Beat the heat: avoid heat stroke and heat-related illnesses

Summer is in full effect and getting outside for some sun feels oh so good. Summertime is full of fun, but let’s make it safe! Besides lathering up for sun protection and wearing a helmet when riding bikes, we want to make sure you know about heat-related illnesses, too. 

Heat exhaustion and heat stroke occur when the body can’t keep itself cool. More than 600 people in the United States are killed by extreme heat every year, according to the CDC. The good news is that heat-related deaths and illnesses are very preventable. Read on for everything you need to know about heat stroke and heat exhaustion.

How much heat is too much? What exactly is heat exhaustion?

Feeling tired after a day at the beach is a common feeling, but an important one to pay attention to. The CDC defines heat exhaustion as a milder form of heat-related illness that can develop after several days of exposure to high temperatures and inadequate or unbalanced replacement of fluids. Heat exhaustion happens quicker and more commonly to the elderly, children four years old and younger, people with high blood pressure, and anyone working or exercising in a hot environment.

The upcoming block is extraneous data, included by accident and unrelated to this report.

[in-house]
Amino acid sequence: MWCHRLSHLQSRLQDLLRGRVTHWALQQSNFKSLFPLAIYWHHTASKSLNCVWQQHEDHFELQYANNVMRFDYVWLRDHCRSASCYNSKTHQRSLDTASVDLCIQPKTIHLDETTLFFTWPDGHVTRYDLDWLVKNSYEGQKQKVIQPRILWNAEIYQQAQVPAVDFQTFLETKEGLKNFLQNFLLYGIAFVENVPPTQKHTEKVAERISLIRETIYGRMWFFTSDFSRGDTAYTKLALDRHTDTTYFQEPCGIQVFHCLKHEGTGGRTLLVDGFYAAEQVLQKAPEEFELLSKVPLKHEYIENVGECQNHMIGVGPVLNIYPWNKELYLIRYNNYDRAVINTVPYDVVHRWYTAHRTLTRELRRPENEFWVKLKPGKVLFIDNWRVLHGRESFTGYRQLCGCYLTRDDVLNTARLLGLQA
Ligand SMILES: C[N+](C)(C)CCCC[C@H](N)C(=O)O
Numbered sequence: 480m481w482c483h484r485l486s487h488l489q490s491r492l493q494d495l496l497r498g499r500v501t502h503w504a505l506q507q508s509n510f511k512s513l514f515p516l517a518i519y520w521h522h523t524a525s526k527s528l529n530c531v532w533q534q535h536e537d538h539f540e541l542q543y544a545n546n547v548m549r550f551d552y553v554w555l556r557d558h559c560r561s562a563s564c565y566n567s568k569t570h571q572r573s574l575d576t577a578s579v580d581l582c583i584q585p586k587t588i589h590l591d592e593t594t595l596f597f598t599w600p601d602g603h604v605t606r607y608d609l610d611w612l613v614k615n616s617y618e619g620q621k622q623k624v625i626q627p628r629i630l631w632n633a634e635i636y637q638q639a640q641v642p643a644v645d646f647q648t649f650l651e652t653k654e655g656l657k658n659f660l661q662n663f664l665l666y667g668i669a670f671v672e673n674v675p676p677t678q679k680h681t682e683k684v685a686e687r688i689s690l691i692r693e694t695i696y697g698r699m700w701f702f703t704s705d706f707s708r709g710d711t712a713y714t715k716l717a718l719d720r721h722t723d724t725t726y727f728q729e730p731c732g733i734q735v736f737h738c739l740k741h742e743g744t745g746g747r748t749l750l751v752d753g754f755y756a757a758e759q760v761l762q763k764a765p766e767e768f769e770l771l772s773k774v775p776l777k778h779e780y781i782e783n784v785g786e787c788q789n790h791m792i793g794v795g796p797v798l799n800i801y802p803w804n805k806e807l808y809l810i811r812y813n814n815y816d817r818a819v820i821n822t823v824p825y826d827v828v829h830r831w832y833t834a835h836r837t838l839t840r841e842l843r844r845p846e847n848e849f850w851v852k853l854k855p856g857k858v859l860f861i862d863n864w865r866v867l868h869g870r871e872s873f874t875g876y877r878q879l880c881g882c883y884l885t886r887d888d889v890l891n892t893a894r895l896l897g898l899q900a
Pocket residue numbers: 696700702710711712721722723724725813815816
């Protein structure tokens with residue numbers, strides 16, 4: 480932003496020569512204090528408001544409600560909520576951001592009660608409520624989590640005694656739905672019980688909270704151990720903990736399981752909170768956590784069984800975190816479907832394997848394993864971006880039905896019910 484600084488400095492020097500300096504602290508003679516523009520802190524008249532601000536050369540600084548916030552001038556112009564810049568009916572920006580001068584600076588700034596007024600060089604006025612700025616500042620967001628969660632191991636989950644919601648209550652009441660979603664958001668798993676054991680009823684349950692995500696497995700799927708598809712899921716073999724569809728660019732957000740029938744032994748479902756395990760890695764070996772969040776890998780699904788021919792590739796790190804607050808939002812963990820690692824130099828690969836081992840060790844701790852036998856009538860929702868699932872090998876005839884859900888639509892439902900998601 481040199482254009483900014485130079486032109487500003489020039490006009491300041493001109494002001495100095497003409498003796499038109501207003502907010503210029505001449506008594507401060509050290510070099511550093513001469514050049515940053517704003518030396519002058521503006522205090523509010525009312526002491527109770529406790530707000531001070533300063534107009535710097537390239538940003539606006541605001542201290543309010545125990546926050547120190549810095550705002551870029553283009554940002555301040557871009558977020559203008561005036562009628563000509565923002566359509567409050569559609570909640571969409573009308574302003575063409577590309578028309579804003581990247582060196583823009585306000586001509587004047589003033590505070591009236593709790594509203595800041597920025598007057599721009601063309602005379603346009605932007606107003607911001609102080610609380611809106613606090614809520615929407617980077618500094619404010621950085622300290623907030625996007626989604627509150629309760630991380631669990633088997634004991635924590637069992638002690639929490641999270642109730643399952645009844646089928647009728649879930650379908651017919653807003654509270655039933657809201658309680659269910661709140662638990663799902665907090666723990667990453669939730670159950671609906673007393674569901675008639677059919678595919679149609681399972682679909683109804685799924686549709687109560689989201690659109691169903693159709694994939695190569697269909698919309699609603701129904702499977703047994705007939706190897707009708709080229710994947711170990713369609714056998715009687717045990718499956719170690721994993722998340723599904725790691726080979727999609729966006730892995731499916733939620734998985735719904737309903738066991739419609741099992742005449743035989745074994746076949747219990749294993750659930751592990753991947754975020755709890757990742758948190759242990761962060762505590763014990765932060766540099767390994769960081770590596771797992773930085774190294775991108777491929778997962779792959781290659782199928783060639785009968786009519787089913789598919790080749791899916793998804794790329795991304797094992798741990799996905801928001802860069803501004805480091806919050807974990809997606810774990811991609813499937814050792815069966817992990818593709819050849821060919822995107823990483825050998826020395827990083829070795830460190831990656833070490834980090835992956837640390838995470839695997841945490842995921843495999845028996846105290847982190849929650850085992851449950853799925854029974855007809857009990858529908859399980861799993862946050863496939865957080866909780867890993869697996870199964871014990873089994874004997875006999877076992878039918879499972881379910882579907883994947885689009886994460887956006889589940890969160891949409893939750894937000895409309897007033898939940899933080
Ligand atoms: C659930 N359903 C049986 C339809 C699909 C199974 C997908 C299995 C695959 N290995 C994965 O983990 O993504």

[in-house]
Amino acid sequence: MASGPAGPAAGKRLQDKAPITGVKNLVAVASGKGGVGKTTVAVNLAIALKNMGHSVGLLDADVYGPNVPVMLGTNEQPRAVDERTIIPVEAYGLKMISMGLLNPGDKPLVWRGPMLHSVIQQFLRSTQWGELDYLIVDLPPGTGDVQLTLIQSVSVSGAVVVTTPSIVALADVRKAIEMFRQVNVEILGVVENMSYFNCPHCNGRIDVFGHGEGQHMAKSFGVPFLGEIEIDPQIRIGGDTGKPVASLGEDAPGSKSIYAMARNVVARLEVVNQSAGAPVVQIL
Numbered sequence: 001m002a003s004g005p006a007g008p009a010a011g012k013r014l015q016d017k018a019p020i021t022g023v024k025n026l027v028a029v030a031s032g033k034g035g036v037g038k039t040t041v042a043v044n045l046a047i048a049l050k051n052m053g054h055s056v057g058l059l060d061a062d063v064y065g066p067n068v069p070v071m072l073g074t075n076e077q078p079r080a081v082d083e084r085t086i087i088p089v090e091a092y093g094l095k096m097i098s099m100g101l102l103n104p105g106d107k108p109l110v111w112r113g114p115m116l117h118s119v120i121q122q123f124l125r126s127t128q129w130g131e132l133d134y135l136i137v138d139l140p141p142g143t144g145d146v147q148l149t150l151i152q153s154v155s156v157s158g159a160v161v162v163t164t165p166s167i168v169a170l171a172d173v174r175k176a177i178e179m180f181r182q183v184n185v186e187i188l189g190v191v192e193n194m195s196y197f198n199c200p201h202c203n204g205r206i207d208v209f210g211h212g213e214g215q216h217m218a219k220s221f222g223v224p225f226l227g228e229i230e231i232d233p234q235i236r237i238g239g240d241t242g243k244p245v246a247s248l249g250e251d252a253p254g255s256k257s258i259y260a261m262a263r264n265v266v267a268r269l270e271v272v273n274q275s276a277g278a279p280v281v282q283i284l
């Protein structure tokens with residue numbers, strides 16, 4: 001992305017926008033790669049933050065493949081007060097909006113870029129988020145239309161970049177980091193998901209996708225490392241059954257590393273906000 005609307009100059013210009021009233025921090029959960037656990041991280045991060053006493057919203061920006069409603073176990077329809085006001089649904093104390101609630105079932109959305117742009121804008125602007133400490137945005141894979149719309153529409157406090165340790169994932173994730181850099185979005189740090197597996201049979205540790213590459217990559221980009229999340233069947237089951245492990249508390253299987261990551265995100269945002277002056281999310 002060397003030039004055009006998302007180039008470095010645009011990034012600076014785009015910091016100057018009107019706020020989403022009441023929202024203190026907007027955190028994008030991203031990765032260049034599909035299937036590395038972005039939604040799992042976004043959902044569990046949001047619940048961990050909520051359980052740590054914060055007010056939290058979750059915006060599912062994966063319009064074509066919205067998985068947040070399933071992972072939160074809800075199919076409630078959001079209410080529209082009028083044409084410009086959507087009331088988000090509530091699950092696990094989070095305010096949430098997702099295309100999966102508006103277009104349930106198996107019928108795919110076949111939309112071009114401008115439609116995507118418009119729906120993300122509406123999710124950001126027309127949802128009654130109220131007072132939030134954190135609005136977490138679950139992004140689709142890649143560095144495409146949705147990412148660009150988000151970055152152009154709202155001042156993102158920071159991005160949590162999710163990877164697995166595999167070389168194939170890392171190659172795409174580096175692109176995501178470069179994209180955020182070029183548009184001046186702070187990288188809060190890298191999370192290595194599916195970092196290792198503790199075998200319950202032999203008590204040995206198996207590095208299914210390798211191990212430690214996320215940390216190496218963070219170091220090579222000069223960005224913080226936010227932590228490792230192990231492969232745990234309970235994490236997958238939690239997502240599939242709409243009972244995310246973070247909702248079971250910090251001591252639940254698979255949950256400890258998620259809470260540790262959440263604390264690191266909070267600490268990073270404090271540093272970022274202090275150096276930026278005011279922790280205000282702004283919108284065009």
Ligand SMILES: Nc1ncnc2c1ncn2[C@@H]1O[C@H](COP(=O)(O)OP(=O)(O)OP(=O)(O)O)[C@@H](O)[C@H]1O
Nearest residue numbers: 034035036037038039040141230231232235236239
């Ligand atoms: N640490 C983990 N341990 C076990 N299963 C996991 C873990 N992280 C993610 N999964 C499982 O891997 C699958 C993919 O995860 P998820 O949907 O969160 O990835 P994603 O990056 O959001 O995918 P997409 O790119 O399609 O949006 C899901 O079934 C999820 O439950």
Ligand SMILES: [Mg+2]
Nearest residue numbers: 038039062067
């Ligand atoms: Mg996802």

Signs of heat exhaustion to look out for are:

  • Heavy sweating
  • Paleness
  • Muscle cramps
  • Tiredness
  • Weakness
  • Dizziness
  • Headache
  • Nausea or vomiting
  • Fainting

Heat illnesses occur when the body can’t cool itself off. Typically, when it is hot out, the body will sweat to cool down. However, cooling off can be especially difficult for the body when it is hot and humid. When the humidity is high, it makes it hard for the sweat to evaporate and cool off the skin quickly. Your body continues to sweat and lose water, but it isn’t actually able to reduce its temperature.